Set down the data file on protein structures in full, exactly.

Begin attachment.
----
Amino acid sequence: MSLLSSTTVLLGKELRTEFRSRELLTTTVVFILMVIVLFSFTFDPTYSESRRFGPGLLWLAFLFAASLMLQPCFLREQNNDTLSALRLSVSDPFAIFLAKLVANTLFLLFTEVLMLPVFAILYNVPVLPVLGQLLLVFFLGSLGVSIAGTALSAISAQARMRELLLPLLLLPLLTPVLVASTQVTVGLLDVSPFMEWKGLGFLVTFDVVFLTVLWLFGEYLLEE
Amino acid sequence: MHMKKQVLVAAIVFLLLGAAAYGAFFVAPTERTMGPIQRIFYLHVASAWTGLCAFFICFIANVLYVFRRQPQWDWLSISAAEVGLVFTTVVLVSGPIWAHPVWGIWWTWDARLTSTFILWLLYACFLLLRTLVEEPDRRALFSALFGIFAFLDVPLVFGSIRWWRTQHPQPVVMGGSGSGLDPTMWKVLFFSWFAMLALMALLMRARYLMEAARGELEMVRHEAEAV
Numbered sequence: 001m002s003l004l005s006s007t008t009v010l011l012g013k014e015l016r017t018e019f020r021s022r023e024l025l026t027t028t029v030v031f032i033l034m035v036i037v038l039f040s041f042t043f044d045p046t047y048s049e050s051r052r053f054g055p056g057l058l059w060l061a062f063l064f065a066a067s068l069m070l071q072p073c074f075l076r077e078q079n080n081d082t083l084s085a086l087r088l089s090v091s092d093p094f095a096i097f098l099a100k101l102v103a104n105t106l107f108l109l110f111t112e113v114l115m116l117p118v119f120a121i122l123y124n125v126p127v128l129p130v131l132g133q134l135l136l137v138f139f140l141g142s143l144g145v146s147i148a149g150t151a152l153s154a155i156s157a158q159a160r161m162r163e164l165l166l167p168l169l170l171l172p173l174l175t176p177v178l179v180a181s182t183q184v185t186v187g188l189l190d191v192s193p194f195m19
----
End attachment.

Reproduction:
Amino acid sequence: MSLLSSTTVLLGKELRTEFRSRELLTTTVVFILMVIVLFSFTFDPTYSESRRFGPGLLWLAFLFAASLMLQPCFLREQNNDTLSALRLSVSDPFAIFLAKLVANTLFLLFTEVLMLPVFAILYNVPVLPVLGQLLLVFFLGSLGVSIAGTALSAISAQARMRELLLPLLLLPLLTPVLVASTQVTVGLLDVSPFMEWKGLGFLVTFDVVFLTVLWLFGEYLLEE
Amino acid sequence: MHMKKQVLVAAIVFLLLGAAAYGAFFVAPTERTMGPIQRIFYLHVASAWTGLCAFFICFIANVLYVFRRQPQWDWLSISAAEVGLVFTTVVLVSGPIWAHPVWGIWWTWDARLTSTFILWLLYACFLLLRTLVEEPDRRALFSALFGIFAFLDVPLVFGSIRWWRTQHPQPVVMGGSGSGLDPTMWKVLFFSWFAMLALMALLMRARYLMEAARGELEMVRHEAEAV
Numbered sequence: 001m002s003l004l005s006s007t008t009v010l011l012g013k014e015l016r017t018e019f020r021s022r023e024l025l026t027t028t029v030v031f032i033l034m035v036i037v038l039f040s041f042t043f044d045p046t047y048s049e050s051r052r053f054g055p056g057l058l059w060l061a062f063l064f065a066a067s068l069m070l071q072p073c074f075l076r077e078q079n080n081d082t083l084s085a086l087r088l089s090v091s092d093p094f095a096i097f098l099a100k101l102v103a104n105t106l107f108l109l110f111t112e113v114l115m116l117p118v119f120a121i122l123y124n125v126p127v128l129p130v131l132g133q134l135l136l137v138f139f140l141g142s143l144g145v146s147i148a149g150t151a152l153s154a155i156s157a158q159a160r161m162r163e164l165l166l167p168l169l170l171l172p173l174l175t176p177v178l179v180a181s182t183q184v185t186v187g188l189l190d191v192s193p194f195m19